How The Hell Did I Get This Old?

oldladydrinking

How The Hell Did I Get This Old?

If I ever get my hands on Father Time he’ll pay big time for schlepping me kicking and screaming into the so-called Golden Years.

Did you ever notice that life is like a roll of toilet paper? The closer you get to the end the faster it goes. So you’re asking yourself if I’m comparing life to toilet paper, which would be the obvious conclusion and yet you’d be wrong. Life is far more complex than paper and the ability to explain or analyze it as a phenomenon is for wiser minds than mine.

However that said, life isn’t without its moments of perplexing and insufferable crap, but I shall choose the high road and say that as one nears the end of the journey we are left with a conundrum…if we were given the chance for a do over, would we?

So as we face the goldest part of our golden years filled with wisdom, experience and a sheer and flagrant who-gives-a-damn-anymore attitude are we truly prepared to jump back on for another ride on the scariest merry go round of all, youth?

Of course most agree that another shot at life would be counterproductive if we couldn’t do the do over with the information we’ve garnered from this ride, so I’d probably wonder if it were worth making that journey without benefit of what I’ve learned and even a few lifeline calls to a friend along the way.

Not sure I’d want to go through natural childbirth again, but I hope next time around I’d opt for an epidural from their conception until they finish high school.

Ah, but would I, you see that’s the rub, because who’s to say one wouldn’t make even worse decisions than before and find an even more challenging life waiting as we begin again?

And of course what a journey it is and the trite and misguided belief that we’d do things differently given the chance doesn’t hold much water for the simple reason most of us never do when we are given the chance every day.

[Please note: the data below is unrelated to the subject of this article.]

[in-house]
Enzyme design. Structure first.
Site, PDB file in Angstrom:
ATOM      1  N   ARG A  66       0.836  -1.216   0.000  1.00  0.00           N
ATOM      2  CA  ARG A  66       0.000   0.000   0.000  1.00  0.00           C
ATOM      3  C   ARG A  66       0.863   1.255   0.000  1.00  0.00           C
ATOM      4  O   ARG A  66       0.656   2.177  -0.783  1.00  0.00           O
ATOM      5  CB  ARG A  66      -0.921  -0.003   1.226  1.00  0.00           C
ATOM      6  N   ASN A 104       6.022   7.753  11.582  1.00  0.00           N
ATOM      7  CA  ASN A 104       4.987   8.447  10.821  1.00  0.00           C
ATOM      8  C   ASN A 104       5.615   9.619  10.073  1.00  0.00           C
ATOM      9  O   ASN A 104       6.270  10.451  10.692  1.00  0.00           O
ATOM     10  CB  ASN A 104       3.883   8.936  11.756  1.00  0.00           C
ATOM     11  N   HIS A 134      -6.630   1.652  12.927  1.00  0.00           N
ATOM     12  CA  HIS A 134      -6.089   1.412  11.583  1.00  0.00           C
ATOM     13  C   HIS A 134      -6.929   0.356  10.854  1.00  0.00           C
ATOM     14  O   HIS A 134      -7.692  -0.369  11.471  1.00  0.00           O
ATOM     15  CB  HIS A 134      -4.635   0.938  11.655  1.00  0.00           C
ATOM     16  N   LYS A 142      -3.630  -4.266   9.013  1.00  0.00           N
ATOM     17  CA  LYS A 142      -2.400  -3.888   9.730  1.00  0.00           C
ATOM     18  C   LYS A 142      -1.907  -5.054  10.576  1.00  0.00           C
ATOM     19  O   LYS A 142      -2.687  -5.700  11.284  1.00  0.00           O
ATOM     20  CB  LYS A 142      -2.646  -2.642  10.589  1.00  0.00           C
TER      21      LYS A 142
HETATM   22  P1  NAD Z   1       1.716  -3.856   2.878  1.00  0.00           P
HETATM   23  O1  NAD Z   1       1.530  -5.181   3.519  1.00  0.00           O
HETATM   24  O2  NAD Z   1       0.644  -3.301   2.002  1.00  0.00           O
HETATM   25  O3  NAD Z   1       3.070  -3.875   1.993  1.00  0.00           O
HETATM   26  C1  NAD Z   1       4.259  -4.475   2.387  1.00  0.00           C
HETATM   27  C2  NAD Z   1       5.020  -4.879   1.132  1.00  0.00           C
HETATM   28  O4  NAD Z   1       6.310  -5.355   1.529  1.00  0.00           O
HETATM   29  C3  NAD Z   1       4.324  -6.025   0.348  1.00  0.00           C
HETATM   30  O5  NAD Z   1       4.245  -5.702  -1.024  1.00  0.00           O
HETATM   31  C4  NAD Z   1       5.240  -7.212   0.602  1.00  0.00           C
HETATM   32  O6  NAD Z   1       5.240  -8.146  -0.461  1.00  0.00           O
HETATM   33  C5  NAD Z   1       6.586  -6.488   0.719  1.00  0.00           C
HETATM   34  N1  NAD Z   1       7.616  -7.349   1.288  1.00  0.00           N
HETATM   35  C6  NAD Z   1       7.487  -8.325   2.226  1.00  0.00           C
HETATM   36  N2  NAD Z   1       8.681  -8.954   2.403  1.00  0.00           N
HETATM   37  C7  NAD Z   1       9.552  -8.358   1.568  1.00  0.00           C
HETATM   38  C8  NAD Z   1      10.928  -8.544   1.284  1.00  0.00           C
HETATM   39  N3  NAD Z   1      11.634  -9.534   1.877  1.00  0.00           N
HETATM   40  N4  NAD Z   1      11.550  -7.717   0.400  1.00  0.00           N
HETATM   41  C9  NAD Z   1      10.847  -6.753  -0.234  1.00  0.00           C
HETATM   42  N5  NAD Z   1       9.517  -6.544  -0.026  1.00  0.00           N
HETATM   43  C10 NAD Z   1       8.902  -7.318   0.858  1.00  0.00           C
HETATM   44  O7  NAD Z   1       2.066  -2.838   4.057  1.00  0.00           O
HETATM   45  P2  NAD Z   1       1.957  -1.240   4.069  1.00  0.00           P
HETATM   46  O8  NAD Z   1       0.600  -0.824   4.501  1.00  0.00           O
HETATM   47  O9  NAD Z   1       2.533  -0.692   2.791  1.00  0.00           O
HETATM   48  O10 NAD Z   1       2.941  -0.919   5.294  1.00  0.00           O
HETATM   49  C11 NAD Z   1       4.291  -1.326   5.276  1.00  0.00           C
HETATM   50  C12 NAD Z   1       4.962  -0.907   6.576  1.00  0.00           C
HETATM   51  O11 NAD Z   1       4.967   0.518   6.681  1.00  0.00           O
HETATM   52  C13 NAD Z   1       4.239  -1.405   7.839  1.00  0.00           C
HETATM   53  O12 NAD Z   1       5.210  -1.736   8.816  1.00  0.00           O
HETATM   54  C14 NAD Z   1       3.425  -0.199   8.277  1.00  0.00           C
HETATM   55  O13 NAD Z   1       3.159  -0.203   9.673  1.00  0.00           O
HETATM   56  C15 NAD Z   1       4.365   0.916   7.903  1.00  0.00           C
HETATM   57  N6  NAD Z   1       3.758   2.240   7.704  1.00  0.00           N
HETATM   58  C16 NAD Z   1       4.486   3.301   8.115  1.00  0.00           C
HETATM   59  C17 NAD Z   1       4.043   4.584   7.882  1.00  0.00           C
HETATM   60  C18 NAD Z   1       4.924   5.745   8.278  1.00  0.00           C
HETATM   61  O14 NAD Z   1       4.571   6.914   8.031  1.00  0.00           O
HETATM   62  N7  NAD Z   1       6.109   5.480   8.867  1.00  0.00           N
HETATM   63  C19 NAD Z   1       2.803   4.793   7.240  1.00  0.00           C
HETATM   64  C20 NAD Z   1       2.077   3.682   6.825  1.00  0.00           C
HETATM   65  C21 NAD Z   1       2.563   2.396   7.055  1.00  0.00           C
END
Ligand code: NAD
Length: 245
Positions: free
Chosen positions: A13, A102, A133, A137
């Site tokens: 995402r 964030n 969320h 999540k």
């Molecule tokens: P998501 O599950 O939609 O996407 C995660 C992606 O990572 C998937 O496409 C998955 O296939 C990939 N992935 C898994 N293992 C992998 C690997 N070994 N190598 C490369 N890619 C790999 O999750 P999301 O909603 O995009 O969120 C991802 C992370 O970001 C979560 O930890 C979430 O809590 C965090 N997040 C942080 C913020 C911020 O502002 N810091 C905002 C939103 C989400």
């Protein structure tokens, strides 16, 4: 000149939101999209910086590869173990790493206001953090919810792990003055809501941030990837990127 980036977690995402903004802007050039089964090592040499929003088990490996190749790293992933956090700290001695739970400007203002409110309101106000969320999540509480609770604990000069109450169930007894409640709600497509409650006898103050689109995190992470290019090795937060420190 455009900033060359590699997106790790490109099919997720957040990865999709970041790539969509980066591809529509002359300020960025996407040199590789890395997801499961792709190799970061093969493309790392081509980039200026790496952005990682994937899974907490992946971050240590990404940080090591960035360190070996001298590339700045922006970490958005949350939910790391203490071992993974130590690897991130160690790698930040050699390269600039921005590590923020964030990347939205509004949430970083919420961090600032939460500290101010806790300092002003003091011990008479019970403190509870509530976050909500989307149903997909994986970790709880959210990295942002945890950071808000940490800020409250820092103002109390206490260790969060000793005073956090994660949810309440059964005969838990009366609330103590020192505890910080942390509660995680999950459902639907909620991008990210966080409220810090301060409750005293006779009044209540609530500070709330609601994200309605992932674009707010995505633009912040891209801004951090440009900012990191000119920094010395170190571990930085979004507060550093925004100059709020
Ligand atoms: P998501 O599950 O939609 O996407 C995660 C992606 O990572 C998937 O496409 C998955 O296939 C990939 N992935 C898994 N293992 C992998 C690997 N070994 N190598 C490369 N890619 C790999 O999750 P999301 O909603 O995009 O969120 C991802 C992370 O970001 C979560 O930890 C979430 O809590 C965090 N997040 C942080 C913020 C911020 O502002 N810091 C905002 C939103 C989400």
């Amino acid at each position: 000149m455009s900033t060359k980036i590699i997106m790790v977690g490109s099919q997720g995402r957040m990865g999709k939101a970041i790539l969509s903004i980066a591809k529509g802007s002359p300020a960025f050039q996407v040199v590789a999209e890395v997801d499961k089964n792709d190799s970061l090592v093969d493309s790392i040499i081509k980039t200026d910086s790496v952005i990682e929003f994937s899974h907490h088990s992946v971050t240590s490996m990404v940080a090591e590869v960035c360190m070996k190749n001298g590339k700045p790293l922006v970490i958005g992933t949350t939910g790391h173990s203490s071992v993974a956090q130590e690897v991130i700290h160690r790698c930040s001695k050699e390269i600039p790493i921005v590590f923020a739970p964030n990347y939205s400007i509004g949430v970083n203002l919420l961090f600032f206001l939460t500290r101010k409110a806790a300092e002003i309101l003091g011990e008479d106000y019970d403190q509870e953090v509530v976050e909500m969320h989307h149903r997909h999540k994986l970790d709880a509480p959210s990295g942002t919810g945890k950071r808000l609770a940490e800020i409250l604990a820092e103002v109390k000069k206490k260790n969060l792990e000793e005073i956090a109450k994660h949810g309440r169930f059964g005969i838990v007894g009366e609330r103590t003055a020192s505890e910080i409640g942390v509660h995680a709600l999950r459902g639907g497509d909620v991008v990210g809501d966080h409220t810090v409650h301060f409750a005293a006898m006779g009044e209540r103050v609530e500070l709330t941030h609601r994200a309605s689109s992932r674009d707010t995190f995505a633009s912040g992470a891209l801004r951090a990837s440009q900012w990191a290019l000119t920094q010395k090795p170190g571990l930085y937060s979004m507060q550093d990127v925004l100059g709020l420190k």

That’s the catch of course. We wake up each morning more wise and experienced than the day before, at least that’s the theory, and yet most of us cling to the same paradigms and behaviors that have created our lives.

Larry David one of the most gifted and out-there comic minds of my generation took on this topic on Seinfeld in the fifth season. Entitled The Opposite, Jerry proposes the theory to George Costanza, “If every instinct you have is wrong than the opposite would have to be right.”

In simplicity there is genius. Of course when he enacts this new mindset his life changes for the better and all is well for George.

Yet, although this seems like a great solution done in a comic forum, we actually are faced with this choice each day. In the end it can work to a degree, but the problem may be that just doing the opposite is not always an option.

Not every choice in life is black and white, up or down, yes or no. So many of the decisions we make are sideways and complex, requiring so much more than a simplistic way of thinking.

Doing the opposite doesn’t mean choosing one thing over another because it can also pertain to behavior choices.

If you walk down the street with your head down, perhaps you might try lifting it up, saying hello and smiling at passersby. I’m not certain that would change your life, but because someone may have needed your smile that day to make a life changing decision of their own it was a good decision. May even garner you a few positive karma points.

So in the end often what we do doesn’t just affect us alone.

If we have the chance for a do over every day of our lives how many actually embrace the opportunity? Since I can’t find any study done on the issue I’ll surmise not many.

Every experience in our lives is the opportunity for change and growth. A lesson learned either to be embraced or discarded and we make that choice constantly.

The answer to whether or not you’d live your life over isn’t yes or no, it’s have you been doing that already.

I’m a firm believer in instinct. That little feeling or whisper in the pit of your stomach that tells you when something isn’t kosher. Of course so many of us just tell the voice saying, “don’t do it,” to shut up and go blindly ahead only to regret our decision later.

What in the world would ever make us think that simply coming back into the world starting anew would be different, whether or not we had prior knowledge?

I’ve heard people say, “so and so has great instincts.” So begs the question did they actually hone them or were they some sort of cosmic gift to allow them to make better choices. Perhaps it’s a bit of both in the end, but I do believe that it’s never too late to change.

I as many others have made some pretty pretty bad choices in my life and of course we all pay a price. Very few of us escape unscathed from our own bad decisions yet too many continue to act on instincts that have proven unwise in the past.